As above, so below. Picture in your mind, the tree of life - with a canopy stretching as wide as its intertwined roots. This image is, in fact, quite literal & representative. The breadth and width of the canopy of a tree is equal to the breadth and width of its roots system below the soil. Next time we sit in the shade of a great big tree, we can imagine the massive root network below our feet! How beautiful is that??
With that visual in our minds, we can understand this amazing phenomenon. When the limb of a tree is severed - by humans, wind, storms, or another falling object - the tree experiences a paralleled amount of root die-off below the soil. When roots die in the jungle or forest, there is certainly no one coming through to pull those roots up, like a home gardener may do. The 'waste' from roots are a direct food source for the soil microorganism & fungal network, who take up the roots decomposing sugars as a buffet of energy & nutrients.
With this basic understanding, we can see how the soils of undisturbed forests and jungles get stronger and stronger with time, and how a storm that knocks down tree limbs is part of nature's cycle of providing rich nutrition to other plants.
Let's move into how we can apply this concept into our home gardens, community lands & farms.
If chopping tree limbs causes a parallel root die off, then can we 'stack the functions' of pruning specific trees?
Yes, certainly. Let's look at nitrogen-fixers. Nitrogen-fixing trees are a go-to solution for healthy soils in regenerative agriculture and permaculture. Why? Because their roots host a bacteria with small nodules that are able to capture atmospheric nitrogen from the air and convert it into fixed nitrogen, aka basic plant nutrition.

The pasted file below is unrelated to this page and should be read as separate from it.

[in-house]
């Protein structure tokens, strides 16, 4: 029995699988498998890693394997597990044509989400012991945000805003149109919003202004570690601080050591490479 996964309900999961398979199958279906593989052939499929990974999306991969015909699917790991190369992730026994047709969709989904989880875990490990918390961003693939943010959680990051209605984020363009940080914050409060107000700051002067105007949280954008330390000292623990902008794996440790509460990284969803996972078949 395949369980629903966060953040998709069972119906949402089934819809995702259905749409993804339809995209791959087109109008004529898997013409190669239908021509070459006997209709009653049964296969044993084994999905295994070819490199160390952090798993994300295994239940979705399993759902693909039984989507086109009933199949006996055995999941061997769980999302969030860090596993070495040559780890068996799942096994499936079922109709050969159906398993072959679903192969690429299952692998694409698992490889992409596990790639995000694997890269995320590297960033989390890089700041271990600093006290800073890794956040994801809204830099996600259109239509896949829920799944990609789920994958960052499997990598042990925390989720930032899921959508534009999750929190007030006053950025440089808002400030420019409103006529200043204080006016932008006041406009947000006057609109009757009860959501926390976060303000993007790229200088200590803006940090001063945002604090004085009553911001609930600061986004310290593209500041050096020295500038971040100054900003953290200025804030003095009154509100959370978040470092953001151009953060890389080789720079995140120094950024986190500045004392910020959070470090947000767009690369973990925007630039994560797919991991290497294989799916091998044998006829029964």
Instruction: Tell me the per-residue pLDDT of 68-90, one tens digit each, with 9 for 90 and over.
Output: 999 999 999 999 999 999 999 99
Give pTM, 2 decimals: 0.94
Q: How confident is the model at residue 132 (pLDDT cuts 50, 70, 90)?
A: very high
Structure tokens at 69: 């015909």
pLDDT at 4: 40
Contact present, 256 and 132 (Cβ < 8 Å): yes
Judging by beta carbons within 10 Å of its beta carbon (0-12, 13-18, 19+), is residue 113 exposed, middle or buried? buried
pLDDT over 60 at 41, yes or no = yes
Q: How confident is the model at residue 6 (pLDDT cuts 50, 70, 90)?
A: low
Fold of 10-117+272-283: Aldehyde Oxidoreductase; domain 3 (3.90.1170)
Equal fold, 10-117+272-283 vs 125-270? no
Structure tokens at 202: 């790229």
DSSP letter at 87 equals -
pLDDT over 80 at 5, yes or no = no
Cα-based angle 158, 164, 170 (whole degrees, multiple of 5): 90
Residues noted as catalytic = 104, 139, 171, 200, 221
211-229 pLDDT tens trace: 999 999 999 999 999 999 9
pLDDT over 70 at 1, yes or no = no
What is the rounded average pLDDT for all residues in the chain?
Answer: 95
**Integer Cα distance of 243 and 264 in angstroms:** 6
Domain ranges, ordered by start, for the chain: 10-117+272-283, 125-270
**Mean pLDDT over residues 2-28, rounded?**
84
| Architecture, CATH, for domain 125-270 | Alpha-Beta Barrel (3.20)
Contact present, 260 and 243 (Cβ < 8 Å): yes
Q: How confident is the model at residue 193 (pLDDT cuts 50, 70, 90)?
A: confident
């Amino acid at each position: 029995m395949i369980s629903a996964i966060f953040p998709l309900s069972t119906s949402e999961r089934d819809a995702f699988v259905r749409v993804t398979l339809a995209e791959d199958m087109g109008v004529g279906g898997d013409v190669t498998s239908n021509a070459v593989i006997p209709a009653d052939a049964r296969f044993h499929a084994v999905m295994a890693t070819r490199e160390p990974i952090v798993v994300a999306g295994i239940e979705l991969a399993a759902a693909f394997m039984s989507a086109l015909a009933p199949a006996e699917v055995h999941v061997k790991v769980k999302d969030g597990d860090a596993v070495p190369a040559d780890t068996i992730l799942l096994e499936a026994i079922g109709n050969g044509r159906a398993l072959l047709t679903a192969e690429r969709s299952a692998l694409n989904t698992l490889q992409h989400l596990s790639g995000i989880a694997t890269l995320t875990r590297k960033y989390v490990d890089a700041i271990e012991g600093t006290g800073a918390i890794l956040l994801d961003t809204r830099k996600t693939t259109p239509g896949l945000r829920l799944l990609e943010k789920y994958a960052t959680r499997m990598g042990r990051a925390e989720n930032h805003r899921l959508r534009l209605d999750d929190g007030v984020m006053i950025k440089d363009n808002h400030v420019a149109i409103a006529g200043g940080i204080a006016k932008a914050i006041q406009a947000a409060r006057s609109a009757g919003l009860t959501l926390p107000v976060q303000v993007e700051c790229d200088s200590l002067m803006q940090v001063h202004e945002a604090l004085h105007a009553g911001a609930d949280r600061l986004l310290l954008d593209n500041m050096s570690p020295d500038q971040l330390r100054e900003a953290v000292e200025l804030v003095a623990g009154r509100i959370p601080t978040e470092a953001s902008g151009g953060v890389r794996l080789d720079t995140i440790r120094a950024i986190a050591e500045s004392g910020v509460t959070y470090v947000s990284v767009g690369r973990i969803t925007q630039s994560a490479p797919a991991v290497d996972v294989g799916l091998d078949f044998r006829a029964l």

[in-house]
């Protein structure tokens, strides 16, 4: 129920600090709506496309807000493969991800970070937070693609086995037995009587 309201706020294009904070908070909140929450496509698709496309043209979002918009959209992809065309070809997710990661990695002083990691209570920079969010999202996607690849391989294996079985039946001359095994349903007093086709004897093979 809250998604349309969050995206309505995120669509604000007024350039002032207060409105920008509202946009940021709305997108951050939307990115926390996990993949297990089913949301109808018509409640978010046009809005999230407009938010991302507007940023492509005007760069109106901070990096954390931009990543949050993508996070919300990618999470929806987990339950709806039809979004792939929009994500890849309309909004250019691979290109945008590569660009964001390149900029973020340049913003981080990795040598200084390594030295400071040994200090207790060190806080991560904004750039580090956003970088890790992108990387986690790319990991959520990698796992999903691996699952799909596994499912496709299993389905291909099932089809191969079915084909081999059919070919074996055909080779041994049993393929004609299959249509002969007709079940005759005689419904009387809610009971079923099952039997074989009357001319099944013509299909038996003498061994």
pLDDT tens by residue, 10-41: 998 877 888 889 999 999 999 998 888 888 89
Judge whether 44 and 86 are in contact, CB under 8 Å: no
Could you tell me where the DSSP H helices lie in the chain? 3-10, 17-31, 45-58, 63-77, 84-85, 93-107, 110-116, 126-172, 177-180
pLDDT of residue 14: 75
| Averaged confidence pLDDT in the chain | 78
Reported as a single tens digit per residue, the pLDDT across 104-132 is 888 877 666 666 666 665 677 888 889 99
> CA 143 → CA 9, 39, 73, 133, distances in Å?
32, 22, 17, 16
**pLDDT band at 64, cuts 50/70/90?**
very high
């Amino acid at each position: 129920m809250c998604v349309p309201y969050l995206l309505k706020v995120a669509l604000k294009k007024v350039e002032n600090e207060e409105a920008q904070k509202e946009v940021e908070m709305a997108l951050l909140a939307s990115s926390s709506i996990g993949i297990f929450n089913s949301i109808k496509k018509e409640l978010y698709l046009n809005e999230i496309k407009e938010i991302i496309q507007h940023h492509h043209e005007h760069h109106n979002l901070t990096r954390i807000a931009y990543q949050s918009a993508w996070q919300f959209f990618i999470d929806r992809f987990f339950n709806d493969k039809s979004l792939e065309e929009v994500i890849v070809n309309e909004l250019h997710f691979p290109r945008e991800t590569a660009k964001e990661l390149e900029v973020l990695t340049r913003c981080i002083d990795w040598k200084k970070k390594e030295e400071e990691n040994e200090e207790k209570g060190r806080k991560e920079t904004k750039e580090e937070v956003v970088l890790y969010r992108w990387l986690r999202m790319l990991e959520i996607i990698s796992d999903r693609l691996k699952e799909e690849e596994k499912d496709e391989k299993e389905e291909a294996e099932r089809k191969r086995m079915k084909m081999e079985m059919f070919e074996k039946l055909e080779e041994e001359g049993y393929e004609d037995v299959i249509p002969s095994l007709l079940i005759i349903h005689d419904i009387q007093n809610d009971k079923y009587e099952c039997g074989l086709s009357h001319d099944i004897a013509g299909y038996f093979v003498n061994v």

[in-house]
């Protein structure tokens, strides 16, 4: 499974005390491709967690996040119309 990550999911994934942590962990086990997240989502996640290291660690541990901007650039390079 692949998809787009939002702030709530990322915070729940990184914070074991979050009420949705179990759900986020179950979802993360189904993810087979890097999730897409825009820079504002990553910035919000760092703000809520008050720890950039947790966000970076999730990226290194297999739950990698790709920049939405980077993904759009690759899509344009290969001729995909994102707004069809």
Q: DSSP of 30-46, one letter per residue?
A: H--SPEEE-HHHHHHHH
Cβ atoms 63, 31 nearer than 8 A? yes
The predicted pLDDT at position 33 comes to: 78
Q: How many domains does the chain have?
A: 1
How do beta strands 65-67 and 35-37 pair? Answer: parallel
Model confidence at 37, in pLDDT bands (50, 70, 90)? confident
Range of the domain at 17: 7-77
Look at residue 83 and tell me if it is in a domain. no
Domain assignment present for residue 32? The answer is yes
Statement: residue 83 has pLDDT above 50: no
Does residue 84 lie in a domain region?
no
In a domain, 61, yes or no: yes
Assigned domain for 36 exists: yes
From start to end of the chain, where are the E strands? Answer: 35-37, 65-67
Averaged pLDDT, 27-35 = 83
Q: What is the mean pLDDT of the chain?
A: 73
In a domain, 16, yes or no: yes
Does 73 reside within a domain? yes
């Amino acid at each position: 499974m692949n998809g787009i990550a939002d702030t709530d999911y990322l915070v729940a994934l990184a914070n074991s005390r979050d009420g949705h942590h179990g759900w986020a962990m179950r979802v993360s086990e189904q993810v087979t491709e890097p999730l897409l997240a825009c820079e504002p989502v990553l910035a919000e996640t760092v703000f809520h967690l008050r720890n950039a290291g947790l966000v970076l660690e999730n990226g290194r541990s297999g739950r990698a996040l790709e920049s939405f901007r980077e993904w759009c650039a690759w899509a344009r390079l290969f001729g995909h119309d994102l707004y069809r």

We also know that nitrogen-fixing plants store that nitrogen in their bodies themselves, not so much the soil around them. Nitrogen is stored in their leaves, their limbs and their roots.
We can plant nitrogen-fixing trees and intentionally prune them to gain the many benefits of nitrogen rich leaves to use as mulch, sticks to use as firewood for a rocket oven, AND roots to die off and feed the soil food web with rich nitrogen for the accessible uptake of other plants.
This, in permaculture, is a method known as CHOP & DROP. Chop the limbs off of various nitrogen-fixing perennials and trees & drop the biomass on site, to release its nitrogen to the soil. Simultaneously, we benefit from the root die-off that feeds the soil microbiology. Chop & drop is an effective way to build soil before the rainy season sets in, as all that nutrient rich biomass will breakdown into humus with the rain. It is also an effective source of mulch, any time of the year. On very barren or degraded landscapes, chop & drop is a strategy for accelerating the natural succession of that land. Let's take the examples of thistles in my home climate - the temperate Pacific Northwest. Thistles are a pioneer species that arrive after a natural distaster like a fire, floor or landslide. Over many many years of thistles growing & dying, growing & dying, enough nutrient would build up in the soil to host more complex plant life. We can use chop & drop to accelerate that by chopping the weed just before it grows its seed head. When we stunt the weed that way, it will be forced to put more energy down into its roots to be able to set seed again. Again we cut it the plant before the formation of the seed head. This cycle will repeat several times until the weed gives up and dies back, thus providing the soil nutrition from root die-off and deep & large air pockets from where the roots have decomposed.
While one can use just about ANY perennial plant in a Chop & Drop process, the best selections are plants that are either nitrogen-fixers or dynamic accumulators (plants which have a characteristic of mining trace minerals from the soils).
Chop & drop is an especially revolutionary approach when it comes to dealing with invasive weeds on barren soils. Too often do weeds get cut down and swept away, off site. Thus disabling the cycling of nutrients back to the soil that needs it. Instead, chop weeds before the seed head forms and let that nutrition add to the overall slow build of soil health.
Great CHOP N DROP plants in the tropics:
-Perennial pigeon pea
-lemongrass & vetiver grass
Time to buy that machete, eh?